32. Summary of Research Findings As a group, children who stutter are more reactive, and less able to regulate emotion and attention when compared to their normally fluent peers (Anderson, Pellowski, Conture & Kelly, 2003; Karrass, Walden, Conture, Graham, Arnold & Hartfield, 2006). As a group, children who stutter are less distractible than their normally fluent peers (attention “surplus”?) and may experience more difficulty adapting to new environments or stimuli (Schwenk, Conture & Walden, 2007) 32

    33. Finally…. BI children may exhibit higher levels of physical tension, especially in the laryngeal muscles, when they experience relatively high degrees of emotional reactivity (Kagan, Reznick and Snidman, 1987) AND… 33

    34. 34

    35. Further….. It has been suggested that children who stutter and who possess a behaviorally inhibited temperament profile may be: - more inclined to be hypervigilant in both covert and overt monitoring of their speech and language - more inclined to be behaviorally and emotionally reactive to their speech in general, and their instances of stuttering in particular - more sensitive to environmental reactions to their behavior 35

    36. Implications?

    37. Stuttering as a Disorder Subtypes in onset and development Onset Van Riper’s “Tracks” Yairi and colleagues longitudinal studies

    38. Stuttering as a Disorder Subtypes in onset and development Development Bloodstein’s Phases Yairi and colleagues persistence and recovery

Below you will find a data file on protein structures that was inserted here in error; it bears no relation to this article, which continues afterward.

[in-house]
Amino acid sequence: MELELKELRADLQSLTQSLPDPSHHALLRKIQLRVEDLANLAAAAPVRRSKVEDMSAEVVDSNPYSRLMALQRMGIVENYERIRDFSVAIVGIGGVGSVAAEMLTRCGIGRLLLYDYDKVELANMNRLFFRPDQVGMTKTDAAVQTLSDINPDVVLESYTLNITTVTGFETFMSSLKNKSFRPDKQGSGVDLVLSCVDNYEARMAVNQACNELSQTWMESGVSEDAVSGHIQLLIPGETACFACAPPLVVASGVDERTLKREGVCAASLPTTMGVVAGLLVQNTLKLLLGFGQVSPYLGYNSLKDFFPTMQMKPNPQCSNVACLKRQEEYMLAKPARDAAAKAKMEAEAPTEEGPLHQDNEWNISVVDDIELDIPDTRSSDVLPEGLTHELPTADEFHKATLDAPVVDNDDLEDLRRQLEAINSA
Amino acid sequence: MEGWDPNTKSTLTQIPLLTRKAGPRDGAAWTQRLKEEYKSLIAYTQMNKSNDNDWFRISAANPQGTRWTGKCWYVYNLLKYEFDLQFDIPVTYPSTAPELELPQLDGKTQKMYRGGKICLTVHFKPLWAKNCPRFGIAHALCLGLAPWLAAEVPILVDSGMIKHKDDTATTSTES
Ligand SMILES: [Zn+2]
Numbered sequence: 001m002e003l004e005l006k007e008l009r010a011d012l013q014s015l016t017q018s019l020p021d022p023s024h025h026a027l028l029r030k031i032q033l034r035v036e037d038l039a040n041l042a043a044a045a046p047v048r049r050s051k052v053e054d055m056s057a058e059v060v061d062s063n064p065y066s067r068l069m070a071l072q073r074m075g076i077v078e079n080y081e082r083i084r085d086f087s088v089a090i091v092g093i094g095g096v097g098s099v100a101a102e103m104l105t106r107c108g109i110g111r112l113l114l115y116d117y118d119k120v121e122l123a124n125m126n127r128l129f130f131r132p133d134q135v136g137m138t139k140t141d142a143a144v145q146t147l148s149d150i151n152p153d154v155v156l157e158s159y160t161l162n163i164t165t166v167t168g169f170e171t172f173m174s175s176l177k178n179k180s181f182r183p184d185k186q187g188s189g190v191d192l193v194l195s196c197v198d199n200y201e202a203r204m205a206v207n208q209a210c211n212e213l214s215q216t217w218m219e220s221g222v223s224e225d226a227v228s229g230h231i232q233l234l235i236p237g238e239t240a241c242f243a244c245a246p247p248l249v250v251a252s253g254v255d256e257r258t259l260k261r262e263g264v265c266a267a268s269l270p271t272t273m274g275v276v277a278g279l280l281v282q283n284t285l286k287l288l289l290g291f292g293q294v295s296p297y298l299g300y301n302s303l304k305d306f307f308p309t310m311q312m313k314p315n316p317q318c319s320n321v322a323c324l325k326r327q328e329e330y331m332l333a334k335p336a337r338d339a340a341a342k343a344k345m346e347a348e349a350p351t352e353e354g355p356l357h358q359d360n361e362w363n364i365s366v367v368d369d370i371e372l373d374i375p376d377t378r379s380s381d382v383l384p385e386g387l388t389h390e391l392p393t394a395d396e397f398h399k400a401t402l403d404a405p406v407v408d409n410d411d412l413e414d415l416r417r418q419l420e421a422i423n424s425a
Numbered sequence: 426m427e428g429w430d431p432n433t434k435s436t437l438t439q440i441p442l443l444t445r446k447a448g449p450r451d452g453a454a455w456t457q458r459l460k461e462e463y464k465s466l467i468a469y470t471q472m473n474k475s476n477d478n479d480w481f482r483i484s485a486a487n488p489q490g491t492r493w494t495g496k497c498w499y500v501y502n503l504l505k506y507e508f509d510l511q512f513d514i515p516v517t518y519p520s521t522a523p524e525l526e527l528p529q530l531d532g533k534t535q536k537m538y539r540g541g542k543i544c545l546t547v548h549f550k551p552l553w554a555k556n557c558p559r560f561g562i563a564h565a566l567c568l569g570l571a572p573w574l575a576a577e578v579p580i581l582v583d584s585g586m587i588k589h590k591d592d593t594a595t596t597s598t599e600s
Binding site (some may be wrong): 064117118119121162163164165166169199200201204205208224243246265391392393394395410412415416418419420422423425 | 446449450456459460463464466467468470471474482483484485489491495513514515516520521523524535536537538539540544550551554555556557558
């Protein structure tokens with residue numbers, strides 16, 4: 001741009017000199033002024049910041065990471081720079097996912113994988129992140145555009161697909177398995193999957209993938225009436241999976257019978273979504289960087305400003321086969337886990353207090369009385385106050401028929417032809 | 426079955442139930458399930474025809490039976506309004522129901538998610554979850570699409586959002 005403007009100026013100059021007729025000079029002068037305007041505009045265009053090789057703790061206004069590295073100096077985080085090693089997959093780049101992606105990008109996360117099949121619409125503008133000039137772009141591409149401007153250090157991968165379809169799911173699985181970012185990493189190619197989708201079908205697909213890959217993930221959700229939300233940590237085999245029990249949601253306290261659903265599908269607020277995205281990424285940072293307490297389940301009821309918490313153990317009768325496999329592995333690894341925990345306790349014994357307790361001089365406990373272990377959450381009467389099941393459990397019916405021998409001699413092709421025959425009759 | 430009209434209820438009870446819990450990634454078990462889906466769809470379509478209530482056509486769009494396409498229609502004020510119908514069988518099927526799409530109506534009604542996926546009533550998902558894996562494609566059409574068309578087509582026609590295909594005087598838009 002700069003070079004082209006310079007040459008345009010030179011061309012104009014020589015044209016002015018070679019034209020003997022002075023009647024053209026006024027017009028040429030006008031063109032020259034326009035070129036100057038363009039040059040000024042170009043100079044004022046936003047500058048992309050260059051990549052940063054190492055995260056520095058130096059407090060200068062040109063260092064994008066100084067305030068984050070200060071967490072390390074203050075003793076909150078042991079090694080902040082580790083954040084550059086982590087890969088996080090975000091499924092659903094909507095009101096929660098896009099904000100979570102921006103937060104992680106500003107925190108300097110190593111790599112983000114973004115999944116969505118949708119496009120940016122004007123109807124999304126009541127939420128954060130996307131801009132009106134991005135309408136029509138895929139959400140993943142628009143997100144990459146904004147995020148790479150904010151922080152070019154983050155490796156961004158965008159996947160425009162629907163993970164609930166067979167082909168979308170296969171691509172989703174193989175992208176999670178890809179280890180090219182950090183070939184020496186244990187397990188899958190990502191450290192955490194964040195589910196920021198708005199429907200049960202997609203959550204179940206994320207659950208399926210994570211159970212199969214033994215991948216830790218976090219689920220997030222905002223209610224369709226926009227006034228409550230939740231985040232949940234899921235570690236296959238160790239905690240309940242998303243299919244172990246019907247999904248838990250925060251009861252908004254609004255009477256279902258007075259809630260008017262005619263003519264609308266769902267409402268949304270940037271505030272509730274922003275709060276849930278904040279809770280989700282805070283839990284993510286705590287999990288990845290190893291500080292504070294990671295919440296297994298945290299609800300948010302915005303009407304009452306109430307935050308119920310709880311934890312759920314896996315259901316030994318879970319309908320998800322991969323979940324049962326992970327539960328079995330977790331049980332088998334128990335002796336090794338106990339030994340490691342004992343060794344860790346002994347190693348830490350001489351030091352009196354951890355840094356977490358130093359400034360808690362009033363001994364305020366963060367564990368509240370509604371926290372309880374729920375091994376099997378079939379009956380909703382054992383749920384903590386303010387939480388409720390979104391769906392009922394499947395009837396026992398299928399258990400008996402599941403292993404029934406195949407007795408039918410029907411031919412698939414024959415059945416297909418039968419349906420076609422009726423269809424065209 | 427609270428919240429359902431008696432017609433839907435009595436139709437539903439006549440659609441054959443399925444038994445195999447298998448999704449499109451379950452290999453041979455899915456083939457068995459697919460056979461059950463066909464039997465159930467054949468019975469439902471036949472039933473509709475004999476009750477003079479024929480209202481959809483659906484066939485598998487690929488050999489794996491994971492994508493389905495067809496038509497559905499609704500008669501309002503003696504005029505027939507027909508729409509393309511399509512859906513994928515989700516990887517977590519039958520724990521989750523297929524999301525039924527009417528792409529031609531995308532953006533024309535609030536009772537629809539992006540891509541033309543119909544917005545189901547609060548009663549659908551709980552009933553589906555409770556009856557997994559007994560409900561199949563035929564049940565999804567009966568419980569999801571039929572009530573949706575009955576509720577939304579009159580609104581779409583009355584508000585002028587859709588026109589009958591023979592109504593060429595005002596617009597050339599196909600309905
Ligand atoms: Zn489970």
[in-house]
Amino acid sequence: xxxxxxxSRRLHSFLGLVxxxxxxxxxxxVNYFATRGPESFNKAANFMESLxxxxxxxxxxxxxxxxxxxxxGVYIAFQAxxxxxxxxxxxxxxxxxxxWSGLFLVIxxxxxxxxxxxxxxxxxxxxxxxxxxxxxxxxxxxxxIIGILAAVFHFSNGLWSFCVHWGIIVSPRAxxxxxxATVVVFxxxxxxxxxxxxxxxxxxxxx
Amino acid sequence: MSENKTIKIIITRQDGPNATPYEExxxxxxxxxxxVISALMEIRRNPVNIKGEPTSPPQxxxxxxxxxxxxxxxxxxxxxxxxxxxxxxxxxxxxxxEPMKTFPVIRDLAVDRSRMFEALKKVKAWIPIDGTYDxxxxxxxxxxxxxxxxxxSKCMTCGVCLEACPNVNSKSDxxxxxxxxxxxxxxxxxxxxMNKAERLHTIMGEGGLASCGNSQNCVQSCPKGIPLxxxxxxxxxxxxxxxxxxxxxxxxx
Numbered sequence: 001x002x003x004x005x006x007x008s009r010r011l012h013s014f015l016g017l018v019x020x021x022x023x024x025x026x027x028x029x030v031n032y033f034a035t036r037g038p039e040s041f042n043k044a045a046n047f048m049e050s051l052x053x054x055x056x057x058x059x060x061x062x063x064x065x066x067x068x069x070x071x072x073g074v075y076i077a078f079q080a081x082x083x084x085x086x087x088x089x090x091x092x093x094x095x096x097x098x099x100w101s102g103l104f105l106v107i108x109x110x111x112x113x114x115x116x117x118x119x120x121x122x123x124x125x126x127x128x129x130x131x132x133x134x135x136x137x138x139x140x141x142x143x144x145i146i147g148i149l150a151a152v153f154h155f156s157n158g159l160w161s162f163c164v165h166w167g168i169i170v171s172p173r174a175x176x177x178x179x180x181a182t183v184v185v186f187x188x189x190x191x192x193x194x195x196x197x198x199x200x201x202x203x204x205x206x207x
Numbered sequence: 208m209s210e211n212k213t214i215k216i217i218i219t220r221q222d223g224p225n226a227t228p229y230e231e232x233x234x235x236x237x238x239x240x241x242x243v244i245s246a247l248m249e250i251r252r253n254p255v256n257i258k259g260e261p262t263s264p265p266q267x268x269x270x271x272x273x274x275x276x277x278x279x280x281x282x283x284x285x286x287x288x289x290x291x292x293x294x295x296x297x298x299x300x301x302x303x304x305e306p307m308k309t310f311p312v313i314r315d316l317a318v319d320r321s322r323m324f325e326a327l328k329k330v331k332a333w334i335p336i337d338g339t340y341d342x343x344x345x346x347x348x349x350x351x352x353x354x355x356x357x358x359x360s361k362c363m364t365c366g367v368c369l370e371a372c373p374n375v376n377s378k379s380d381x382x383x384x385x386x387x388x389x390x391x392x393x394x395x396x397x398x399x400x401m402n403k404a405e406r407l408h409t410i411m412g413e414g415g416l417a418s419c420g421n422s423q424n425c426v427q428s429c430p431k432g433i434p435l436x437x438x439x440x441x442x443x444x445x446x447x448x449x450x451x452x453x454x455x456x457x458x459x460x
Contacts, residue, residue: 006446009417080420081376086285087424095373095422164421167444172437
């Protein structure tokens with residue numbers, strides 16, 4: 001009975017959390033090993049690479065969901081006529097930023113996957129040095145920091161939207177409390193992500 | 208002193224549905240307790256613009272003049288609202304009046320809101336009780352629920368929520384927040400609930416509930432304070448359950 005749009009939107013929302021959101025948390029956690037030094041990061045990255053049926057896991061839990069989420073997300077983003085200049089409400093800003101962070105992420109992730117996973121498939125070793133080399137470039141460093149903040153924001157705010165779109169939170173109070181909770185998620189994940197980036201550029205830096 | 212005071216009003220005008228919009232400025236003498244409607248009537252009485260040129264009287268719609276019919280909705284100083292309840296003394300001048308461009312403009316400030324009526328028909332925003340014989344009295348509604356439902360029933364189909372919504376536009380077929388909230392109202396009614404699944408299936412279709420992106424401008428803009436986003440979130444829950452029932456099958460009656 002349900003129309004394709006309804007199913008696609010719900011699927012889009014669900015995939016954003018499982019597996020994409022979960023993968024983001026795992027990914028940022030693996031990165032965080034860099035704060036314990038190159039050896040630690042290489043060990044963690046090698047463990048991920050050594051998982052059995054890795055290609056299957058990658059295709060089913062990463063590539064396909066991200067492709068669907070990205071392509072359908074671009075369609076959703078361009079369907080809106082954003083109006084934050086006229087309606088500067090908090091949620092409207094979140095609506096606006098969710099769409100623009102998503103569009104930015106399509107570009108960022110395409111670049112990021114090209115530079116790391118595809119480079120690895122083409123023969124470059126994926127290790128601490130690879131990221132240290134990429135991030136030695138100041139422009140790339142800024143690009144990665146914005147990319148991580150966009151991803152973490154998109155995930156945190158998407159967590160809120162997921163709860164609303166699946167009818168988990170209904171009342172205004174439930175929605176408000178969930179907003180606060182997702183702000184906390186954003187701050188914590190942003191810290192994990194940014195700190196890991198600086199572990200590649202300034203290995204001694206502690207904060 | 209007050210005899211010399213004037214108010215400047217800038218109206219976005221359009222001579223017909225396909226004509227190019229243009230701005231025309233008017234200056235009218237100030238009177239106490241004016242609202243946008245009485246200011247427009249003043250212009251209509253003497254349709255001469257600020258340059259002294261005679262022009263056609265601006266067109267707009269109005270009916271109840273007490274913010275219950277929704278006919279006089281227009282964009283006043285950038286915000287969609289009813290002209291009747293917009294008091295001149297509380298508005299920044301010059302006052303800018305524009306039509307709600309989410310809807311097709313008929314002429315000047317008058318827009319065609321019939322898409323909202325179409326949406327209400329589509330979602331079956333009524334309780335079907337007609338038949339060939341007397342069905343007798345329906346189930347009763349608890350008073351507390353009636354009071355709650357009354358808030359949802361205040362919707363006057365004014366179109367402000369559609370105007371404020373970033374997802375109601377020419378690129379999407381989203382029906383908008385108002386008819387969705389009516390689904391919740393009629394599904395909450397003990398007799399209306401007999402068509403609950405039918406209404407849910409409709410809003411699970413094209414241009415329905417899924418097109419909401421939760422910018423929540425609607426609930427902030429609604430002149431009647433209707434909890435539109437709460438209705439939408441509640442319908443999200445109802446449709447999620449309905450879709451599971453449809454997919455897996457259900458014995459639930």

39. Stuttering as a Disorder: Onset Van Riper’s “Tracks” (1971) Analysis of 44 case files of children who stutter Observed 4 distinct profiles of stuttering onset Yairi & Ambrose (2005) concluded that each track described onset of stuttering in terms of in terms of Age on onset Sudden/gradual beginning Disfluency characteristics Concomitant problems

    40. Stuttering as a Disorder: Onset Yairi and colleagues (as reported in Yairi and Ambrose, 2005) Majority of children who stutter fit the profile that Van Riper described as “Track I” However, there is a subgroup of children presenting with “severe” stuttering at onset, with frequency of behaviors peaking at 2-3 months post onset and full recovery seen by 6-12 months

    41. Stuttering as a Disorder: Development Bloodstein’s “Phases” (1960) Four developmental paths Crossectional; based on case histories of 418 children who stutter from 2 – 16 years of age

    42. Phase I – episodic, mostly sound/syllable repetitions, little to no awareness/concern Phase II – essentially chronic, stuttering exacerbated by arousal, child very aware Phase III – chronic yet situation-specific, word substitution and avoidance Phase IV - Vivid, fearful anticipation of stuttering; 42

    43. Stuttering as a Disorder: Development Yairi and Ambrose, 2005 Relatively brief beginning and ascending phase, and a relatively long declining phase

    44. Subgroup of children presenting with “severe” stuttering at onset, with frequency of behaviors peaking at 2-3 months post onset and full recovery seen by 6-12 months

    45. Patterns of Unassisted Recovery Probability of recovery highest from 6-36 months post onset Majority of children recover within 12-24 months post onset Period of recovery marked by steady decrease in sound/syllable and word repetitions and prolonged sounds over time, beginning shortly after onset

    46. Relatively brief beginning and ascending phase, and a relatively long declining phase Subgroup of children presenting with “severe” stuttering at onset, with frequency of behaviors peaking at 2-3 months post onset and full recovery seen by 6-12 months